One problem associated with the Act is its inability to reduce the amount of commercial spam. Apparently, the amount of spam received by consumers actually increased after the implementation of the CAN-SPAM Act. As reported by the New York Times, junk e-mail on the Internet actually increased after Congress enacted the CAN-SPAM Act in 2003. Many consumers bitterly complained about the inadequacy of opt-out regulations even before the New York Times report was released. As one complainant noted, individual recipients were forced to take an affirmative step against each piece of unwanted email and this ended up wasting so much their time as well as money than the problem itself.
Some critics have argued that instead of an opt-out, adopting an opt-in approach would protect consumers in a significantly greater and more effective manner. Others are convinced that there is a need to offer incentives to spammers as a strategy to get them to comply with any opt-out requests. As a result, a more effective measure to deal with commercial spam is necessary. A different mechanism for regulation is also necessary given that the opt-out statute allowed spam to be regarded as being legal as long as senders followed its guidelines. In effect, Congress created legal spam, undermining its goal to eliminate unwanted spam. Additionally, the Act relaxed existing restrictions on spam by preempting tougher state regulations that made all UCE illegal. One solution proposed for the above issues was to have an opt-out regulation of political spam and an opt-in regulation of commercial spam. With the combined approach spammers are able to send unsolicited emails as long as recipients can prevent future unwanted emails.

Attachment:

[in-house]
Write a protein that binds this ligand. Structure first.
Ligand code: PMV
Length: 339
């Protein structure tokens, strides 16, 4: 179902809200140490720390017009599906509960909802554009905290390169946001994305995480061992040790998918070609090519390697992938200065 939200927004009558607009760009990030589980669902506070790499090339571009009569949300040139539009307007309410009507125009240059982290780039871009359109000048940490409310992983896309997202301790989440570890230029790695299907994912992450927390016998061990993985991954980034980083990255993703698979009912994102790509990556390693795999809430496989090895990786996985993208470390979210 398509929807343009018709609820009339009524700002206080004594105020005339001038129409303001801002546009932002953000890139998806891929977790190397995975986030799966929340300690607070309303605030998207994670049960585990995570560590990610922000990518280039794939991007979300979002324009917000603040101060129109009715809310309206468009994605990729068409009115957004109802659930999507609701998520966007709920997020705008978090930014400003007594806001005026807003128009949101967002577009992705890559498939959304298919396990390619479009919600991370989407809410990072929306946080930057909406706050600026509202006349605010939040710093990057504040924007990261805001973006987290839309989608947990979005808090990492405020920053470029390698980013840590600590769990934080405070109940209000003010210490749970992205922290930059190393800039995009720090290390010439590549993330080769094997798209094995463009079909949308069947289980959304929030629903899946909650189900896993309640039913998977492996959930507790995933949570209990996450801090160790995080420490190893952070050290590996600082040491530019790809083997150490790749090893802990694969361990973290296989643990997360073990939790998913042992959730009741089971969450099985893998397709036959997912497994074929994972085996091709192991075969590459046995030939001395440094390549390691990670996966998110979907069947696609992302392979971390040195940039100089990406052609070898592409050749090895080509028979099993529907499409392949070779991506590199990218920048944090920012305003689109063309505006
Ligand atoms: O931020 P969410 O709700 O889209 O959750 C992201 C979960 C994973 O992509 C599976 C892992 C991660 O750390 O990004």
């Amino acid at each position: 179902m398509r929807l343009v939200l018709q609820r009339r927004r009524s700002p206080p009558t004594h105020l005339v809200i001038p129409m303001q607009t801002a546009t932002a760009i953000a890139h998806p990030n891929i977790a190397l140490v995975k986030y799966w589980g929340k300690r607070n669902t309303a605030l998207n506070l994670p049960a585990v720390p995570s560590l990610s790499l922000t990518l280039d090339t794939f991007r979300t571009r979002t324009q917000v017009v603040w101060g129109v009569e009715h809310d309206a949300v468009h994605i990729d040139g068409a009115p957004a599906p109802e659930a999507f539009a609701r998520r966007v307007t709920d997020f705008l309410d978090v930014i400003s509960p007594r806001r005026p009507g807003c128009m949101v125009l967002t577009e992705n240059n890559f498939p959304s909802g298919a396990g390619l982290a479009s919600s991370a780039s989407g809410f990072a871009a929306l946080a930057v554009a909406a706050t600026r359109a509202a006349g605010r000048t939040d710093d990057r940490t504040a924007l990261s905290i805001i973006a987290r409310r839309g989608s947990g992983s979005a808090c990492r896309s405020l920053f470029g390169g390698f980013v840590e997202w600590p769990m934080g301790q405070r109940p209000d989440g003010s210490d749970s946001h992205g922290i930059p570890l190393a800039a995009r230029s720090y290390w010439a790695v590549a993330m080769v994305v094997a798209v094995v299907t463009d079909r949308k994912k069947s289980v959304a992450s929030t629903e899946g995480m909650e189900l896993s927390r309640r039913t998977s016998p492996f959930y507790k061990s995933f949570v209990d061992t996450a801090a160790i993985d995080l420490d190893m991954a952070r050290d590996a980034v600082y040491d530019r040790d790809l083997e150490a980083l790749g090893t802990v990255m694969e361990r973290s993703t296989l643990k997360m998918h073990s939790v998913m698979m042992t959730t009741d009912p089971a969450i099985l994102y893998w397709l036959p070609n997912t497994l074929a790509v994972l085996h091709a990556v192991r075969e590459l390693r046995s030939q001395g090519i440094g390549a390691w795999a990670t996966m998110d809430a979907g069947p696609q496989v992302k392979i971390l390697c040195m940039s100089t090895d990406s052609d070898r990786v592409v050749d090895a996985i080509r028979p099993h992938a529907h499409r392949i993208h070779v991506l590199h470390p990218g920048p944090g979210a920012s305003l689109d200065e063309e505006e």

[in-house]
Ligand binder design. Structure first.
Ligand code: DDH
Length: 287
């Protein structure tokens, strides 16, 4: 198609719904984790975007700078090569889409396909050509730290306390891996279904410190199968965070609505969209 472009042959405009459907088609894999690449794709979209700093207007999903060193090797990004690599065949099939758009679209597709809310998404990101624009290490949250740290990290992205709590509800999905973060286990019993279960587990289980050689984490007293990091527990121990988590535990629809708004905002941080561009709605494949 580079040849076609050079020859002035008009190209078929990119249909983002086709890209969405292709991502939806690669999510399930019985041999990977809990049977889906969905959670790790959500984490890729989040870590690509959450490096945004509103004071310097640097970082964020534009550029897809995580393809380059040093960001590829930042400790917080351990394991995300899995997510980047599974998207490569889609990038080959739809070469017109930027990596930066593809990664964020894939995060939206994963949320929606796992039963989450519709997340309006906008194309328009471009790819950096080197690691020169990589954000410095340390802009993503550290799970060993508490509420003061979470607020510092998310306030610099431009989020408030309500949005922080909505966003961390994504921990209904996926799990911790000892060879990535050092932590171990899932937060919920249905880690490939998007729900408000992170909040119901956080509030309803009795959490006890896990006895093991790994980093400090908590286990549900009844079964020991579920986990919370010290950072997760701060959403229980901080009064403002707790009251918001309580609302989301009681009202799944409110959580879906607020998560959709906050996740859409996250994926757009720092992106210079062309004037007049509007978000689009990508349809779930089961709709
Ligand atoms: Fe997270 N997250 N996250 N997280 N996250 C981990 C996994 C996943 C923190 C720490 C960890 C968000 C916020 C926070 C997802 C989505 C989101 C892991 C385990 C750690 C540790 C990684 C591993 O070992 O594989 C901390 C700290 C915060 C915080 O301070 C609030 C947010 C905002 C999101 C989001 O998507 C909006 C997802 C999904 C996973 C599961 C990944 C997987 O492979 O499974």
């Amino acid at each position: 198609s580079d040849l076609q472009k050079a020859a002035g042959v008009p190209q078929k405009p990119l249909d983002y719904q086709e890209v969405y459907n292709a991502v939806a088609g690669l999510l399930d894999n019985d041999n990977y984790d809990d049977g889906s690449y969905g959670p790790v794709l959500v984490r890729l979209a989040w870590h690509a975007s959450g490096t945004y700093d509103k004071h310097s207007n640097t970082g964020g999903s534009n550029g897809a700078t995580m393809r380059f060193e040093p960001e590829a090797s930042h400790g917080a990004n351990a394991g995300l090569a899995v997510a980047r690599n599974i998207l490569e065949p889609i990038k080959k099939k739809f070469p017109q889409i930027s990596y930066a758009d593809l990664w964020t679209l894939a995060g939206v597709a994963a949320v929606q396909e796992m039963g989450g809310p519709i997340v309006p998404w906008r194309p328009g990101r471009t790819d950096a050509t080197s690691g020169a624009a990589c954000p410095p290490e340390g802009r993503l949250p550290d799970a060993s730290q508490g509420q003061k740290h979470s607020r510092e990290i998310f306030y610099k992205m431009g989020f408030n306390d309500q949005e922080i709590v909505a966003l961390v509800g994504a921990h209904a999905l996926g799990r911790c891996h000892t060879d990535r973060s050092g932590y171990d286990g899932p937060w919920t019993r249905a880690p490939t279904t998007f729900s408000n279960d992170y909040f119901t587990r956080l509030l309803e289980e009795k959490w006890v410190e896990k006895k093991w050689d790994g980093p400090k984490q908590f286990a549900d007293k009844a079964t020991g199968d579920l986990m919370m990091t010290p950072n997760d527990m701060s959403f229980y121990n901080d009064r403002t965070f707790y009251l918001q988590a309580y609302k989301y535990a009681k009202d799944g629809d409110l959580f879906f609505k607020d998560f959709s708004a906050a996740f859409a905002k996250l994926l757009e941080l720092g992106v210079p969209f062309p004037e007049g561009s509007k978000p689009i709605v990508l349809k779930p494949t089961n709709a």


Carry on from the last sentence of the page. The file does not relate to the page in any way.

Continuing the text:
A study undertaken by Majoras et al (2005) indicated that customers were receiving an enormous amount of spam in their inboxes when CAN-SPAM was enacted in 2003 but this later declined tremendously after the enactment. There was widespread concern that the onslaught of spam was destabilizing the email system and posing a serious threat to the rapidly increasing Internet economy. Notably, the deceptive nature of the vast majority of spam, the network disruptions that spam would cause and the use of spam as a vehicle for spreading viruses together posed a serious threat to consumers’ confidence in the Internet as a medium for electronic commerce. A significant development since the enactment of CAN-SPAM is that the volume of spam started to decrease. A report by MX Logic, an email filtering company, showed that during the first eight months of 2005, spam accounted for 67 percent of email passing through its system. This represented a nine percent reduction from the same period one year earlier. Some ISPs reported an even more dramatic decline of spam activity. For example, America Online (AOL) reported that its members received 75 percent less spam in the year 2004 than was received in 2003. A similar trend could be seen in other countries too (Majoras et al., 2005).